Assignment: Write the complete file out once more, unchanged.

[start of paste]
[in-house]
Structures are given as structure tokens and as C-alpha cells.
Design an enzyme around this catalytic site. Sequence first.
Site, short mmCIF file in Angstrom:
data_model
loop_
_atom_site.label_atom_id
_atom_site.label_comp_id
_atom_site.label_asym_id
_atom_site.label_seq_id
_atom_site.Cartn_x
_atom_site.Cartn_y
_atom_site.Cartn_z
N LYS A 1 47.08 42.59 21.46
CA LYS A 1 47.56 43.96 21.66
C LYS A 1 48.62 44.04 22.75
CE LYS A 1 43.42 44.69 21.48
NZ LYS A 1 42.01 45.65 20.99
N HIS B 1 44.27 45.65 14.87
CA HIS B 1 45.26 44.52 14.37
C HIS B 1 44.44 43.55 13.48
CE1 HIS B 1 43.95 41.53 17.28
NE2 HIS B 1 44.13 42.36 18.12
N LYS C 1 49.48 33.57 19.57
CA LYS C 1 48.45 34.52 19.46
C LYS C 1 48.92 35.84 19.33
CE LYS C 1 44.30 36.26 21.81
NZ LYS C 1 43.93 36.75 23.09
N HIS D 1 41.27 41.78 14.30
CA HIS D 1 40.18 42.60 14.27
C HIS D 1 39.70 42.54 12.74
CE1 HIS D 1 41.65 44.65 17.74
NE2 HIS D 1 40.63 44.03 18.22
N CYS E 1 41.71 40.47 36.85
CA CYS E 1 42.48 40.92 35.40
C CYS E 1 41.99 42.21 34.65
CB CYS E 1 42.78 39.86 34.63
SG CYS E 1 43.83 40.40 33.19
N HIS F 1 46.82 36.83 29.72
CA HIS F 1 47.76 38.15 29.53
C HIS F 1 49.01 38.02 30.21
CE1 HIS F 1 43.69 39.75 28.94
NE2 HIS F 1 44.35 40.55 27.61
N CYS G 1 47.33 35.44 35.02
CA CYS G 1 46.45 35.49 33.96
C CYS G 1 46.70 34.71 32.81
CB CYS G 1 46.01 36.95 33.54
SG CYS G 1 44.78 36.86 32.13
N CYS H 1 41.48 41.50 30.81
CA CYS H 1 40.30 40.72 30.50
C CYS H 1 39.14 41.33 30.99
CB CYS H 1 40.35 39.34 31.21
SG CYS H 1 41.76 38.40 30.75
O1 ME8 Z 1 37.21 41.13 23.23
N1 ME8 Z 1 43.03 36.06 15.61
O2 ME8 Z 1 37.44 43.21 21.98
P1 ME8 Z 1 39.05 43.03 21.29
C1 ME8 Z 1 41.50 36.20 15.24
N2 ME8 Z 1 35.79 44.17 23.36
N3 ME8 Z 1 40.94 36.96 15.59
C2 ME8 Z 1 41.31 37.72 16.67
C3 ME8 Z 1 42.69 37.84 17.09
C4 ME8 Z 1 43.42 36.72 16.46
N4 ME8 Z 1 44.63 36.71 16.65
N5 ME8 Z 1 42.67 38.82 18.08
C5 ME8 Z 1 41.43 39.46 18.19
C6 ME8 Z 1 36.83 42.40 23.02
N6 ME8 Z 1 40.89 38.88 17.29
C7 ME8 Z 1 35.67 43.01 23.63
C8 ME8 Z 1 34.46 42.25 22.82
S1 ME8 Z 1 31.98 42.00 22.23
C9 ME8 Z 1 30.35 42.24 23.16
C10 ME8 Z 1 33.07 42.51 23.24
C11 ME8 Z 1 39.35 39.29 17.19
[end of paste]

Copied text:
[in-house]
Structures are given as structure tokens and as C-alpha cells.
Design an enzyme around this catalytic site. Sequence first.
Site, short mmCIF file in Angstrom:
data_model
loop_
_atom_site.label_atom_id
_atom_site.label_comp_id
_atom_site.label_asym_id
_atom_site.label_seq_id
_atom_site.Cartn_x
_atom_site.Cartn_y
_atom_site.Cartn_z
N LYS A 1 47.08 42.59 21.46
CA LYS A 1 47.56 43.96 21.66
C LYS A 1 48.62 44.04 22.75
CE LYS A 1 43.42 44.69 21.48
NZ LYS A 1 42.01 45.65 20.99
N HIS B 1 44.27 45.65 14.87
CA HIS B 1 45.26 44.52 14.37
C HIS B 1 44.44 43.55 13.48
CE1 HIS B 1 43.95 41.53 17.28
NE2 HIS B 1 44.13 42.36 18.12
N LYS C 1 49.48 33.57 19.57
CA LYS C 1 48.45 34.52 19.46
C LYS C 1 48.92 35.84 19.33
CE LYS C 1 44.30 36.26 21.81
NZ LYS C 1 43.93 36.75 23.09
N HIS D 1 41.27 41.78 14.30
CA HIS D 1 40.18 42.60 14.27
C HIS D 1 39.70 42.54 12.74
CE1 HIS D 1 41.65 44.65 17.74
NE2 HIS D 1 40.63 44.03 18.22
N CYS E 1 41.71 40.47 36.85
CA CYS E 1 42.48 40.92 35.40
C CYS E 1 41.99 42.21 34.65
CB CYS E 1 42.78 39.86 34.63
SG CYS E 1 43.83 40.40 33.19
N HIS F 1 46.82 36.83 29.72
CA HIS F 1 47.76 38.15 29.53
C HIS F 1 49.01 38.02 30.21
CE1 HIS F 1 43.69 39.75 28.94
NE2 HIS F 1 44.35 40.55 27.61
N CYS G 1 47.33 35.44 35.02
CA CYS G 1 46.45 35.49 33.96
C CYS G 1 46.70 34.71 32.81
CB CYS G 1 46.01 36.95 33.54
SG CYS G 1 44.78 36.86 32.13
N CYS H 1 41.48 41.50 30.81
CA CYS H 1 40.30 40.72 30.50
C CYS H 1 39.14 41.33 30.99
CB CYS H 1 40.35 39.34 31.21
SG CYS H 1 41.76 38.40 30.75
O1 ME8 Z 1 37.21 41.13 23.23
N1 ME8 Z 1 43.03 36.06 15.61
O2 ME8 Z 1 37.44 43.21 21.98
P1 ME8 Z 1 39.05 43.03 21.29
C1 ME8 Z 1 41.50 36.20 15.24
N2 ME8 Z 1 35.79 44.17 23.36
N3 ME8 Z 1 40.94 36.96 15.59
C2 ME8 Z 1 41.31 37.72 16.67
C3 ME8 Z 1 42.69 37.84 17.09
C4 ME8 Z 1 43.42 36.72 16.46
N4 ME8 Z 1 44.63 36.71 16.65
N5 ME8 Z 1 42.67 38.82 18.08
C5 ME8 Z 1 41.43 39.46 18.19
C6 ME8 Z 1 36.83 42.40 23.02
N6 ME8 Z 1 40.89 38.88 17.29
C7 ME8 Z 1 35.67 43.01 23.63
C8 ME8 Z 1 34.46 42.25 22.82
S1 ME8 Z 1 31.98 42.00 22.23
C9 ME8 Z 1 30.35 42.24 23.16
C10 ME8 Z 1 33.07 42.51 23.24
C11 ME8 Z 1 39.35 39.29 17.19